Oh, book of little women about your little men! I was charmed by Louisa May Alcott's "Little Women" and I'm bound to read another book by her. It has been suggested that I read "Eight Cousins." I could not help but notice that each of the girls is involved in the pursuit of a man to make her life complete, because as she sees it, the formation of a family is the focus of a young man or woman's life, and why be coy about it? The characters in "Little Women" each of whom the reader follows from childhood to young adulthood into motherhood, are a combination of saucy, bitingly honest, refreshingly sincere and touchingly common, in the gentlest sense of the word. Even the vocabulary reflects their station in life. At any given point, the reader can find a sentence in which the character states "It don't mean" or she "don't intend to" but they do not lack commonsense or book smarts, as provided by their home-schooling mother, fondly called"Marmee." Money is never the focus of their love interests, while still being of key importance to young women who always struggled for more than the basic necessities. And yet, when necessary, they gave generously of what they called their own, be it time, money, clothing or food. Throughout the book, Jo, Meg, Amy and Beth, lovingly exist in their plain home next to the dwelling of the Laurence boy, Teddy. His friendship with them is of long-standing, in fact, he finally becomes a part of the family. Each of the girls has their own special quality that serves them best and makes them special to the other members of the family. Jo is focused on primarily, and she, in turn, focuses on the family for the readers, who see them through Jo's eyes. There is Meg, proper oldest sister, who becomes a model of domesticity for her younger sisters, and Amy, the painfully shy youngest sister, talented piano player, much beloved of Mr. Laurence, the girls benefactor and appointed grandfather, who has a piano moved to the house for the March girls pleasure. Beth,next youngest, is never quite well, but decidedly proper and made much of by her sisters, particularly Jo.And then, Jo, the writer, outspoken and unabashedly opinionated, admired by her sisters, self-appointed protector and instructor for Teddy.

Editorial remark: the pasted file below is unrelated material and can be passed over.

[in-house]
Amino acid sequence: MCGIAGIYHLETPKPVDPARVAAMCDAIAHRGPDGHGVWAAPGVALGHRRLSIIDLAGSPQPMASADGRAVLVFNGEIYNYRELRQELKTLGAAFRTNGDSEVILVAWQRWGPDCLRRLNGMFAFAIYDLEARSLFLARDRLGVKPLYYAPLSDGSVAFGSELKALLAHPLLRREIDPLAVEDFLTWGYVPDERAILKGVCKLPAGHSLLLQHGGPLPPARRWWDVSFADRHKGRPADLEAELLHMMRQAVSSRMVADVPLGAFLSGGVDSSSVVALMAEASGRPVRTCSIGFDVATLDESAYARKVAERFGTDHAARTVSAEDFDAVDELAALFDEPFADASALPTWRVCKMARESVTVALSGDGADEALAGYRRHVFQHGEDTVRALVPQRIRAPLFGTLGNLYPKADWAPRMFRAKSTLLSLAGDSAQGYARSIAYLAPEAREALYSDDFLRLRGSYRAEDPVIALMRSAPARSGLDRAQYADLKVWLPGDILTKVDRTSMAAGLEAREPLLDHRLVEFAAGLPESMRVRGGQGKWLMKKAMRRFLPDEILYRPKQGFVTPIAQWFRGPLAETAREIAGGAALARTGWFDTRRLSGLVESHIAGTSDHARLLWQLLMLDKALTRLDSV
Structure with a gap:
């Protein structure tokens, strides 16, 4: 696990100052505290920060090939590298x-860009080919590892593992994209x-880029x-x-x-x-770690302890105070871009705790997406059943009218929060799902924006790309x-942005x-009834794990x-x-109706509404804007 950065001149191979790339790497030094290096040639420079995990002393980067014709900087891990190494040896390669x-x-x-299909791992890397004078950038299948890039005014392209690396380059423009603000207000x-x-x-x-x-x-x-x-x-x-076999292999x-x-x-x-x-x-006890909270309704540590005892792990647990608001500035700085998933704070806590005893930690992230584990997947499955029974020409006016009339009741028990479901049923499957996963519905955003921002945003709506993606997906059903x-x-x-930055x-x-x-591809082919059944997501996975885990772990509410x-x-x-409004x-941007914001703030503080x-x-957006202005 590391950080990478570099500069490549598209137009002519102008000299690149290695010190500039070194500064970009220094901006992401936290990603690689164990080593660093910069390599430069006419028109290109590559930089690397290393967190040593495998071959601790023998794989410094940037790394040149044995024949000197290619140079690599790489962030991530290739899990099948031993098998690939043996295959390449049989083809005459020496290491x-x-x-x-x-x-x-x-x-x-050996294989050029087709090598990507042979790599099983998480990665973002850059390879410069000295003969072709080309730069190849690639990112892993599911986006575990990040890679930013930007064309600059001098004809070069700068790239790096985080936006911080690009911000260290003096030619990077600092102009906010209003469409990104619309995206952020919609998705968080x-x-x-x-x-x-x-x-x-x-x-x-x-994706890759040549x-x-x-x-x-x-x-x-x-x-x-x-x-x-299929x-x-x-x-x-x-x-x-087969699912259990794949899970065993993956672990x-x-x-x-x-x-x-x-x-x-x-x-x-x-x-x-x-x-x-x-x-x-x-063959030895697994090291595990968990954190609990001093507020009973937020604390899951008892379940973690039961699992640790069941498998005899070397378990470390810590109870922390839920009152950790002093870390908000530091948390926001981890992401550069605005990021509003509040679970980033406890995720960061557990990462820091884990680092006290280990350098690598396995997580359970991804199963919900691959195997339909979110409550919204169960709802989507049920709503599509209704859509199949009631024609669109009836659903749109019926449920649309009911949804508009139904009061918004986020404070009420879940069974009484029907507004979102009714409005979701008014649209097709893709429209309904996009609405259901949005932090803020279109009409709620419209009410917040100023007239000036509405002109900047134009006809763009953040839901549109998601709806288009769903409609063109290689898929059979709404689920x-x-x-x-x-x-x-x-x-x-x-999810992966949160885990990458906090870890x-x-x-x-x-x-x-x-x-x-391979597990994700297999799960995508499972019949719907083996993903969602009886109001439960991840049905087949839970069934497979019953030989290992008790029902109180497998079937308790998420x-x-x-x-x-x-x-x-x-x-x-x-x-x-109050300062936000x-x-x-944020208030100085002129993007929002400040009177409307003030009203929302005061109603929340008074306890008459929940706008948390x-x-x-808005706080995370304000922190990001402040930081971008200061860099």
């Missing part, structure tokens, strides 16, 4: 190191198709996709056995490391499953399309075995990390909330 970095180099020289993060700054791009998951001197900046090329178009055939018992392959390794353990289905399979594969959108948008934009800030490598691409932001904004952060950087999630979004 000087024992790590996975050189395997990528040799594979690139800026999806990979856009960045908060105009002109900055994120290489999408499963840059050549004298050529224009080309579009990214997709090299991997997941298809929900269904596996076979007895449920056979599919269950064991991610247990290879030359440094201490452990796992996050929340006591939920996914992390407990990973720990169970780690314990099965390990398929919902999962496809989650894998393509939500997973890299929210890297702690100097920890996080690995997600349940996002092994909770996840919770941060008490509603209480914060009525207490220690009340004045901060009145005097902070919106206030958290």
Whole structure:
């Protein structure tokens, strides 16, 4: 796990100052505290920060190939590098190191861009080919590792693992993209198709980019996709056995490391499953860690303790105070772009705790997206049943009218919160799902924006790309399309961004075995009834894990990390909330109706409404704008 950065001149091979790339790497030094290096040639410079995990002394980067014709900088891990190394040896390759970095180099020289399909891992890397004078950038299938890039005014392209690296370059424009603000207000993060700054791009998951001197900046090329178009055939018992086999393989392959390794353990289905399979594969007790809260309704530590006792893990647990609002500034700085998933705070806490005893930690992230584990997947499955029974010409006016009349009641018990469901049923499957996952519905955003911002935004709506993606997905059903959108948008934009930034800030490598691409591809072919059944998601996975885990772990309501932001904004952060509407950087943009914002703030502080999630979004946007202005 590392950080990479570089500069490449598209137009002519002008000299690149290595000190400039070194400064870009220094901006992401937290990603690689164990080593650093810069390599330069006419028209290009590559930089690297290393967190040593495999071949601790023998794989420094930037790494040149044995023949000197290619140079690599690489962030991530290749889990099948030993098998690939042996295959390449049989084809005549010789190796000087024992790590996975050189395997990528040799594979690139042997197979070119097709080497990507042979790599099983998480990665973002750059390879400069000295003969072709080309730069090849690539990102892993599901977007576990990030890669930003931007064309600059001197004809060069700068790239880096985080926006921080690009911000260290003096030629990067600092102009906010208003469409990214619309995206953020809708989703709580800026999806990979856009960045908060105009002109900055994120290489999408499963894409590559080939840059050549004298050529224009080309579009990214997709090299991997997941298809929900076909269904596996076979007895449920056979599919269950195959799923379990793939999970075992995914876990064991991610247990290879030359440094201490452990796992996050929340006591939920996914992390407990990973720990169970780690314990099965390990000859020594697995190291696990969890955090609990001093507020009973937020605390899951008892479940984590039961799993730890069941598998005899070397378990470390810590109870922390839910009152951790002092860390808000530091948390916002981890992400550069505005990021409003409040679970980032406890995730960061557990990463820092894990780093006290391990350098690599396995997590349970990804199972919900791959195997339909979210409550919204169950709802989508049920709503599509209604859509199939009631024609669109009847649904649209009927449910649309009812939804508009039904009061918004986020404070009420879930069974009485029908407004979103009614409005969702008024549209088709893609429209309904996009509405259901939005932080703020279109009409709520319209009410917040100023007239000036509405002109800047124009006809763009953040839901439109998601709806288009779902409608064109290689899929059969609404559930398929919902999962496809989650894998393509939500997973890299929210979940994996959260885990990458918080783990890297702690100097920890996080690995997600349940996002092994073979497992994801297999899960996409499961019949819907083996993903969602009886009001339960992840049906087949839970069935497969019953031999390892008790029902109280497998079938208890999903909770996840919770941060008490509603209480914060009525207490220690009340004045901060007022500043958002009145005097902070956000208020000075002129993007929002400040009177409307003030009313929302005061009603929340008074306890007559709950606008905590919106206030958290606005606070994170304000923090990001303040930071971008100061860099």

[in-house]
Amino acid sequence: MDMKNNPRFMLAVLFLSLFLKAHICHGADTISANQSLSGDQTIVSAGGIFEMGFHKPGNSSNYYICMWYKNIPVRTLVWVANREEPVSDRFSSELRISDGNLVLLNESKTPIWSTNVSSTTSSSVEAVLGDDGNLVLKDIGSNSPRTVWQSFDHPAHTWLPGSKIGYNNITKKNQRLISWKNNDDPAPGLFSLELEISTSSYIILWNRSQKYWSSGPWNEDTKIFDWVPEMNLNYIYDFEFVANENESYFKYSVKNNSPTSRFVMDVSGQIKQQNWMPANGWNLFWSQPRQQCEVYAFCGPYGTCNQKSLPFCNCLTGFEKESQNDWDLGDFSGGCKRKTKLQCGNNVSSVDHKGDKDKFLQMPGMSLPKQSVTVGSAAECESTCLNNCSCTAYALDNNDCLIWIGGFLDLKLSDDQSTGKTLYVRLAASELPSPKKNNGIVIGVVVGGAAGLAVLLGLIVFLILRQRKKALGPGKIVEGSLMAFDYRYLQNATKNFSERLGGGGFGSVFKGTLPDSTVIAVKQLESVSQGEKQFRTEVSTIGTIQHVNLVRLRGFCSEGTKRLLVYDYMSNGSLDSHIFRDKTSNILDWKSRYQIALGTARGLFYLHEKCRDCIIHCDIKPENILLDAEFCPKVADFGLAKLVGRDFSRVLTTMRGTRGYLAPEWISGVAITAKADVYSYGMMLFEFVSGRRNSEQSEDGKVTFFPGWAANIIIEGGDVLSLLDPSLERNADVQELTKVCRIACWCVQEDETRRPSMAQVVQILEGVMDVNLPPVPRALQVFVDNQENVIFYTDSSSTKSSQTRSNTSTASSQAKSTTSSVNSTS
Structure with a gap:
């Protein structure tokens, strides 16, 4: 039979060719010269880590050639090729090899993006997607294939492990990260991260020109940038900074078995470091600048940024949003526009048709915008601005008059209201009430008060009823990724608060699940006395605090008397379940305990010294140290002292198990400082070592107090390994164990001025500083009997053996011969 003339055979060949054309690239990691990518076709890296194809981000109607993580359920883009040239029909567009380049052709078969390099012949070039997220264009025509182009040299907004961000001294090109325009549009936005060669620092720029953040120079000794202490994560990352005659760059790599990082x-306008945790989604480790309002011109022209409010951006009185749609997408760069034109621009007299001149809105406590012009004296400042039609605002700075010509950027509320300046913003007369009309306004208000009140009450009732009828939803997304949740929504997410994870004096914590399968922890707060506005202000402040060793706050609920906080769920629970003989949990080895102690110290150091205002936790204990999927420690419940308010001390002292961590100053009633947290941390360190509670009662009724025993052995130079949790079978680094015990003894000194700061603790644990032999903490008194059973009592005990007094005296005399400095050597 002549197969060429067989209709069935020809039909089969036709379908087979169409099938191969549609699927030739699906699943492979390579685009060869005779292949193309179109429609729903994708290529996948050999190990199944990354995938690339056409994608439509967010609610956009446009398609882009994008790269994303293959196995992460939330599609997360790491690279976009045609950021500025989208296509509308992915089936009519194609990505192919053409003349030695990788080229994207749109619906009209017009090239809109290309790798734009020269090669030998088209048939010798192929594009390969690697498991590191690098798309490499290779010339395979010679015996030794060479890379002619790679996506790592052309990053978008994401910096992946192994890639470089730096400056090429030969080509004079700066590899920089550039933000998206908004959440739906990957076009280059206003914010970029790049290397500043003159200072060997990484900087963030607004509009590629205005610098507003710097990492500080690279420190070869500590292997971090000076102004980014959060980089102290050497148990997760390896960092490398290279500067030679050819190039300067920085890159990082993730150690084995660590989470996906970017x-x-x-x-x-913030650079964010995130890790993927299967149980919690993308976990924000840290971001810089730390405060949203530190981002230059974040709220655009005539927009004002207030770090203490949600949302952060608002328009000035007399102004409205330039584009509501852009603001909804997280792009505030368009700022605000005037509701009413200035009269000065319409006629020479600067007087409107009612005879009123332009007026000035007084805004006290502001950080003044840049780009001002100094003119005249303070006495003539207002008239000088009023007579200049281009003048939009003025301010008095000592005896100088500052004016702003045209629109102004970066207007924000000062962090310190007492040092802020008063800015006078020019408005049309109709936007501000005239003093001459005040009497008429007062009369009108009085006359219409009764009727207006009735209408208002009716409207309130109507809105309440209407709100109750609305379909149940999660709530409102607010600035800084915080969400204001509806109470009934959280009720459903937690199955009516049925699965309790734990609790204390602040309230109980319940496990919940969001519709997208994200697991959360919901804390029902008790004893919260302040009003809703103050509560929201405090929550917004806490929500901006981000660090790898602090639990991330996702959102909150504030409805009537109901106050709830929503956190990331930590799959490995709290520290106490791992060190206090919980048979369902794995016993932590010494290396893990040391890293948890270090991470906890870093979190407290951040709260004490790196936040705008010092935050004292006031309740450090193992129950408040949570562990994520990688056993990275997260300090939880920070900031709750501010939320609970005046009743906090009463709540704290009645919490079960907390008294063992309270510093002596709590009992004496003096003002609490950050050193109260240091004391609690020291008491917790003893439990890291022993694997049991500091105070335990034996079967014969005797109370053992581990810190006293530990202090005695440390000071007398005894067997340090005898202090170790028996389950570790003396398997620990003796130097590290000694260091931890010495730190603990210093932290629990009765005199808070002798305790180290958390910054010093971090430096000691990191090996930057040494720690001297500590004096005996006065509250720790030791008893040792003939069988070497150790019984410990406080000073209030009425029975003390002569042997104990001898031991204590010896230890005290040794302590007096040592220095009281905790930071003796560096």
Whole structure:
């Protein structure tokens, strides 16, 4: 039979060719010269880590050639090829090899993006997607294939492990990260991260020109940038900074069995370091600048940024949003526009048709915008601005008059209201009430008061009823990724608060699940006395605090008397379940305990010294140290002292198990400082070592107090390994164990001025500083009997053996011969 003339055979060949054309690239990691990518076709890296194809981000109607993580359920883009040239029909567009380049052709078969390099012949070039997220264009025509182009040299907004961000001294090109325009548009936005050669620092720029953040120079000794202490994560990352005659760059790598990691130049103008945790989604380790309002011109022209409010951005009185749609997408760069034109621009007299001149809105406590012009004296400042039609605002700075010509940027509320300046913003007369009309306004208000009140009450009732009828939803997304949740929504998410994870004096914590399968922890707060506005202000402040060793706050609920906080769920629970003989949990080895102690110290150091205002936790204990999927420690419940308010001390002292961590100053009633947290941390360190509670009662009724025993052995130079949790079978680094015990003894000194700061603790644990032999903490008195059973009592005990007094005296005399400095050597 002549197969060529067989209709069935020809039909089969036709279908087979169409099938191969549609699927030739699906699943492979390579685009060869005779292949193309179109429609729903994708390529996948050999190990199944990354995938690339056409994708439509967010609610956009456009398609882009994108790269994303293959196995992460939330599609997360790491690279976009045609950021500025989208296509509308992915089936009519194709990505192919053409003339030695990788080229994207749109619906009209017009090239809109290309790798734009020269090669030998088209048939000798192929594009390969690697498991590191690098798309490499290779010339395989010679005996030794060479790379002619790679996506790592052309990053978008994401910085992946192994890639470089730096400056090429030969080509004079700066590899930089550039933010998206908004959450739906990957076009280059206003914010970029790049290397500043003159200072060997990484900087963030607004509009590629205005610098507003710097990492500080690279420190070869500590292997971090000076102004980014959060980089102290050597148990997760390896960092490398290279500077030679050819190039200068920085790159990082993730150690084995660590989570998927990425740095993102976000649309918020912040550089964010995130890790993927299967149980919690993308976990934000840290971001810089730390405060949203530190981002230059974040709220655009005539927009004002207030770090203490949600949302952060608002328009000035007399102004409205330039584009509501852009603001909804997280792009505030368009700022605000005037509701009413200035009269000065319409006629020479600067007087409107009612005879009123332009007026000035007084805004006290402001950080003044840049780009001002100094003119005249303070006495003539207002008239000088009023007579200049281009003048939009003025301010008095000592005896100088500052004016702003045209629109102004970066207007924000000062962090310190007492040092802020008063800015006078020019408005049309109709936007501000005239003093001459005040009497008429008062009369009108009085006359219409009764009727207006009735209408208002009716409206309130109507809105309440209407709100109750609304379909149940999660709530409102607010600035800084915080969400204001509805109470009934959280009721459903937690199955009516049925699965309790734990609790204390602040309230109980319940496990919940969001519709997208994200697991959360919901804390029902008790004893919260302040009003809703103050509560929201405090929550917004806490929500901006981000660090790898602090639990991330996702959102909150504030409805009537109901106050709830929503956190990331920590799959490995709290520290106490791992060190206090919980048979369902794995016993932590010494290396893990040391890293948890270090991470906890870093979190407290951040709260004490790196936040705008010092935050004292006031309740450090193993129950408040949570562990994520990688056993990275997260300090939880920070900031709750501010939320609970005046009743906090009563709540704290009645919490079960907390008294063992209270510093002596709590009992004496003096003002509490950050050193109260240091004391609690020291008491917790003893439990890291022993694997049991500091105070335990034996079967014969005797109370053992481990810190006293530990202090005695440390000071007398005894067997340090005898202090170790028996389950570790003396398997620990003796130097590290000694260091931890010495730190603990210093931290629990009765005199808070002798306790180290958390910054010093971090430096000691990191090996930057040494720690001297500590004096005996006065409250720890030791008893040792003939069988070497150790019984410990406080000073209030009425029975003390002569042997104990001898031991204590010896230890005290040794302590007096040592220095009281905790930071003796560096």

Not only were the characters quite fun to observe as they developed into "little women" but the story was well-written, full of literary allusions and other well noted references. Each chapter is titled and progresses the story to its conclusion, in which the March sisters are happily ensconced within their small, nuclear families. It was a relaxing pleasure to read "Little Women" and I did not find it syrupy sweet as I suspected I might due to the era in which it was written. No, I looked forward to the ways in which they solved each of their dilemmas and I think I read it at the appropriate time in my life, when I seemed to benefit from an enduring classic of the American home. It seemed to me not unlike a memoir, and as it is based loosely on Alcott's life I think it is safe to say it was fiction's closest cousin. I recommend it highly, and also suggest it for a family read.